A new study led by Kate Constantine at CABI warns that an invasion of apple snails could have disastrous consequences for rice production and food security in Kenya and other rice-growing regions across Africa.
The researchers focused on Kenya’s Mwea Irrigation Scheme, where apple snails have become a serious problem. They found that the invasive species, originally from South America, reduced rice yields by up to 14% and net rice income by up to 60% for farmers experiencing moderate infestation.
To combat this threat, the scientists emphasize the urgent need for strategies to limit the spread of apple snails, including awareness campaigns, outreach, and capacity building within the farming community.
Rice is a crucial crop in Kenya, involving around 300,000 small-scale farmers and contributing significantly to their livelihoods. The country’s National Agriculture Investment Plan and National Rice Development Strategy have identified rice as a priority value chain for sustainable food security and economic development.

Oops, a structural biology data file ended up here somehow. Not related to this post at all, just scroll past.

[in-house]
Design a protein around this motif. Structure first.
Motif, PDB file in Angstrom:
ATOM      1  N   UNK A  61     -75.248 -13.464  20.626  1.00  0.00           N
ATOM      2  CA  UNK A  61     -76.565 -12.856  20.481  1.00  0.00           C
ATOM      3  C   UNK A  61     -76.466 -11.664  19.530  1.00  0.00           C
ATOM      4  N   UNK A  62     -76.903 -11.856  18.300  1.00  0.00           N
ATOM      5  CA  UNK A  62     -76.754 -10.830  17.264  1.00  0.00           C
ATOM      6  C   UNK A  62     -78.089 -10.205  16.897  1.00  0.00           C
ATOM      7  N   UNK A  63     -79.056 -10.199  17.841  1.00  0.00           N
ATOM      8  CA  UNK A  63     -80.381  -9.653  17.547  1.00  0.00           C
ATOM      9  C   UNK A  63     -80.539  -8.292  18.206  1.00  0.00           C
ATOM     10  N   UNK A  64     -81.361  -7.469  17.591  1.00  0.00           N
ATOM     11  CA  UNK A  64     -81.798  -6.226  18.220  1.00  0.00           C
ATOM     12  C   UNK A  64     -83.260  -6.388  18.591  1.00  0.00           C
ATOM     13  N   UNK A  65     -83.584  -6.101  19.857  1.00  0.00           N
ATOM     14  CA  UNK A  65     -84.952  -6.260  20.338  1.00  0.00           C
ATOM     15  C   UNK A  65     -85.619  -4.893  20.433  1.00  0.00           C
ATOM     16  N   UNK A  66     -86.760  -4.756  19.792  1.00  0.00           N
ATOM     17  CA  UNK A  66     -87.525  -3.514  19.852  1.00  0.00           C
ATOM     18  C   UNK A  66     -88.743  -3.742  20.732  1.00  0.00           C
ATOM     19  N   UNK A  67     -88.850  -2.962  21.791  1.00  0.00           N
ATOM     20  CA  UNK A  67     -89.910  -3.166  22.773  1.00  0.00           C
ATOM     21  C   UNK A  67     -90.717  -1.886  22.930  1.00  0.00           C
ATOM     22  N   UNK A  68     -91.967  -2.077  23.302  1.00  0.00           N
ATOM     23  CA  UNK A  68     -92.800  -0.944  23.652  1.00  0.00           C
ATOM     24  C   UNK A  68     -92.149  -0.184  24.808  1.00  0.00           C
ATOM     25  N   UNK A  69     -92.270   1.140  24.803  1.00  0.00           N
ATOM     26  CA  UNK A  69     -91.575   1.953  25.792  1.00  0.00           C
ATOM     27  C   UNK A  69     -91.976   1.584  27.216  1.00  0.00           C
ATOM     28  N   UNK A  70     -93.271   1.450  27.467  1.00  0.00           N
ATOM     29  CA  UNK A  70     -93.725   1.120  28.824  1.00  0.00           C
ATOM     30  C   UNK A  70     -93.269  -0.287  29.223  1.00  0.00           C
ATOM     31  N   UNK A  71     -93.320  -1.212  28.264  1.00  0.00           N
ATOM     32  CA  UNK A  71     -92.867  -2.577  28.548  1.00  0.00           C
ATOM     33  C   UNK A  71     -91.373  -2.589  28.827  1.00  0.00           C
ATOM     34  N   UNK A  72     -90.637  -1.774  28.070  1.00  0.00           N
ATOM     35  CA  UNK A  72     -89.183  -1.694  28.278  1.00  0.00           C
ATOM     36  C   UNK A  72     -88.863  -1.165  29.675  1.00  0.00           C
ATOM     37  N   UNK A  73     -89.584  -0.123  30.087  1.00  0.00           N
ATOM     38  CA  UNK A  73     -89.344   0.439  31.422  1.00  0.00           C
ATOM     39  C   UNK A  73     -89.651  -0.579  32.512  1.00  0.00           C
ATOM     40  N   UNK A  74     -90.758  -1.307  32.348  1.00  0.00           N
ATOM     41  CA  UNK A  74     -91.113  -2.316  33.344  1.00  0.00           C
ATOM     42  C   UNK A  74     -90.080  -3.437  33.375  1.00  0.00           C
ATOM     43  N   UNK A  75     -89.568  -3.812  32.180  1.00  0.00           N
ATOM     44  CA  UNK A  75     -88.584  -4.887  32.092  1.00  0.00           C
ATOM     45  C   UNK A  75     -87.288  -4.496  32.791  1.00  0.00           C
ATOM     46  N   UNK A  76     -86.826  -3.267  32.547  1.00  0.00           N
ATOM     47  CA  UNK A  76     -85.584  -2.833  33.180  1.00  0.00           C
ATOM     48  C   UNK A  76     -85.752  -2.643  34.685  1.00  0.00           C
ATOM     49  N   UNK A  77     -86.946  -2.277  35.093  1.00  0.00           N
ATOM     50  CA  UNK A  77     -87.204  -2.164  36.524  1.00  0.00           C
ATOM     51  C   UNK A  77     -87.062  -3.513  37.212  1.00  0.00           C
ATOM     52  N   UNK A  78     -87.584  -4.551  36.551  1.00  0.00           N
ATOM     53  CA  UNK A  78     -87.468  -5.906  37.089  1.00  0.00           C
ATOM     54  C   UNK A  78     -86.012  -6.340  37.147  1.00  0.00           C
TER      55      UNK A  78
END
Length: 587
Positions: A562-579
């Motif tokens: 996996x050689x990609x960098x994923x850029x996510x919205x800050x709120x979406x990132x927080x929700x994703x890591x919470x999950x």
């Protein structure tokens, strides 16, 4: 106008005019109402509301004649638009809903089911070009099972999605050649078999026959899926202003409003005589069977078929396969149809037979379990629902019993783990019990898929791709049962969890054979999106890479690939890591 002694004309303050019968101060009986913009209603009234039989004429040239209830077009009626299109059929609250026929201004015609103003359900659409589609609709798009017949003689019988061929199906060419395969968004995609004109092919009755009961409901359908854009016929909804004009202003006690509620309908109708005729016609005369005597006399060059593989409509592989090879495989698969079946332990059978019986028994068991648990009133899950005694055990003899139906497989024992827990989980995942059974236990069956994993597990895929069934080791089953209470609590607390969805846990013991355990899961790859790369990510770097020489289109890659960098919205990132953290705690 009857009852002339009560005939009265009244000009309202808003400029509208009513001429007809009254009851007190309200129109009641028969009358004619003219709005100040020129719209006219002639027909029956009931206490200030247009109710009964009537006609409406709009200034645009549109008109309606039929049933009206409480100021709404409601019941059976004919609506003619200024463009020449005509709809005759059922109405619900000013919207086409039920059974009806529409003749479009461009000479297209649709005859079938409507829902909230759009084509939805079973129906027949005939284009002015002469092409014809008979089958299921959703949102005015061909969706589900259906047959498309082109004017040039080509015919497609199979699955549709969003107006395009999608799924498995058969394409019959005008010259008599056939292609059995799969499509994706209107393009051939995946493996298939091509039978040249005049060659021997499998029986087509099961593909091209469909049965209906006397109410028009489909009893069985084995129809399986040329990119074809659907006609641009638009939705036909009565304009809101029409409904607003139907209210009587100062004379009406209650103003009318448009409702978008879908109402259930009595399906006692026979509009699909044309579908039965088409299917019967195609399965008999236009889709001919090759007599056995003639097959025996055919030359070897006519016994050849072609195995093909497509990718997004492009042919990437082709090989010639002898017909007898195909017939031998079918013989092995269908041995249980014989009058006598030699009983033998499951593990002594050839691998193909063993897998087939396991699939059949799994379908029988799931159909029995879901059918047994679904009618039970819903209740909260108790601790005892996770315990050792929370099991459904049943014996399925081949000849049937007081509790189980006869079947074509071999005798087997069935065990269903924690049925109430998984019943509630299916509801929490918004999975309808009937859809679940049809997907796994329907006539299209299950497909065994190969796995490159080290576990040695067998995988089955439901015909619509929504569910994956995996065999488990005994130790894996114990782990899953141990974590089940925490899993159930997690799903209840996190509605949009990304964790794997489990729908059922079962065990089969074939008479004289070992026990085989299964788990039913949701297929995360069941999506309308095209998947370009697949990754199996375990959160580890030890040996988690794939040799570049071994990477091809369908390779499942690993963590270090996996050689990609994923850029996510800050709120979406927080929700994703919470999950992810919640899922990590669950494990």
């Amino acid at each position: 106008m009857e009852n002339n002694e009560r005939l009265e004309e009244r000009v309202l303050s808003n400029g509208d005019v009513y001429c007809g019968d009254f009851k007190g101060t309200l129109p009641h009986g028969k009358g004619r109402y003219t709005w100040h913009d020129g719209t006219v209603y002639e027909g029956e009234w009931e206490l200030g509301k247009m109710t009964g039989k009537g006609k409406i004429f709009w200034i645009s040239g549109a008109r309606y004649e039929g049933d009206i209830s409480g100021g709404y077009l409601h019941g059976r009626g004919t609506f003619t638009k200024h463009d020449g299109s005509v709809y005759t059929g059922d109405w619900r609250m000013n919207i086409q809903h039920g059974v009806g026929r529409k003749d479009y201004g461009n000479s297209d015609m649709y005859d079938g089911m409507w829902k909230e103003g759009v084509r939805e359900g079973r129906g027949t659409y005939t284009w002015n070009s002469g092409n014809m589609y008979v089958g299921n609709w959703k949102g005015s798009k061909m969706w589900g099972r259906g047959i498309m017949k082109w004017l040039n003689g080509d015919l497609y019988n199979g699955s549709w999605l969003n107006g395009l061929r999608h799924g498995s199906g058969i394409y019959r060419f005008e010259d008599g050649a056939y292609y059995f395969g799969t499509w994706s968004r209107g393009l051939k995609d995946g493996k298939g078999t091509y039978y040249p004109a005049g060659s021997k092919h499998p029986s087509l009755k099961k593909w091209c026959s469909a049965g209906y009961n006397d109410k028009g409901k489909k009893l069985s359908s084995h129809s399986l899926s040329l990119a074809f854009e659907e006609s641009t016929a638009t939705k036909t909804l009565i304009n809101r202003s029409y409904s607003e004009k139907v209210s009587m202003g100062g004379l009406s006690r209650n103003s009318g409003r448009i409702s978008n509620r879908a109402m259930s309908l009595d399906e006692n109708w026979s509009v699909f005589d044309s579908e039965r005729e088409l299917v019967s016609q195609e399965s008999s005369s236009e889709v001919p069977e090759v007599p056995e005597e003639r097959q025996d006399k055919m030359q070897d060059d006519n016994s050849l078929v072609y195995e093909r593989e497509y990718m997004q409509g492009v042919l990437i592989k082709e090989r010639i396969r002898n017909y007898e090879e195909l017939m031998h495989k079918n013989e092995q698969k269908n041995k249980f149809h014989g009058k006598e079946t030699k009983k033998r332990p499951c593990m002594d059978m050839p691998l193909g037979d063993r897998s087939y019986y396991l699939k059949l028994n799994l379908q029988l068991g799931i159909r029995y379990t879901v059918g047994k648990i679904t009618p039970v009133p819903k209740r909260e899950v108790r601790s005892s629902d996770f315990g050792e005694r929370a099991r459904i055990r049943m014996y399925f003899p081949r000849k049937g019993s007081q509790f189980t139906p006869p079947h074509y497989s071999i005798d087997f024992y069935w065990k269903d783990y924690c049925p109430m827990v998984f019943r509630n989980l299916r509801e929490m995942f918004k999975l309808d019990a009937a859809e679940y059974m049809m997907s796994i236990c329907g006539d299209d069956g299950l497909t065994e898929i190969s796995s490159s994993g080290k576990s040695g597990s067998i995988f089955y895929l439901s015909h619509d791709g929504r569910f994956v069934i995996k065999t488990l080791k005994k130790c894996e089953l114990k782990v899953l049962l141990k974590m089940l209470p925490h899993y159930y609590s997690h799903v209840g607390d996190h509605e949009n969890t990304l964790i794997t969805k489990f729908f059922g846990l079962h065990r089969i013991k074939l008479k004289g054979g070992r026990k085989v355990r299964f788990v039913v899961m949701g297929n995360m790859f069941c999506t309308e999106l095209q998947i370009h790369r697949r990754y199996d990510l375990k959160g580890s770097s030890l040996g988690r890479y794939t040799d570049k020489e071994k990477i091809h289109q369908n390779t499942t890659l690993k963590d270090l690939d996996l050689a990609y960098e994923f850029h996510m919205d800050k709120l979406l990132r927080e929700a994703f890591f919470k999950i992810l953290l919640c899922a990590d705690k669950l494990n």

However, the introduction of apple snails has exacerbated the challenges faced by rice farmers, including water shortages, pest attacks, high input costs, and poor infrastructure. If left unchecked, the spread of apple snails could pose serious threats not only to Kenya’s rice production but also to neighboring countries like Tanzania and Uganda.
To tackle the issue, a Multi-Institutional Technical Team has been established to lead management efforts and provide guidance to farmers on combating the pest. Farmers have been resorting to increased chemical use and costly manual labor to remove snails and egg masses.
The researchers warn that if action is not taken promptly, the consequences could be severe, impacting food security and self-sufficiency in rice production in Kenya and beyond. The window of opportunity to contain or eradicate the apple snail invasion is rapidly closing.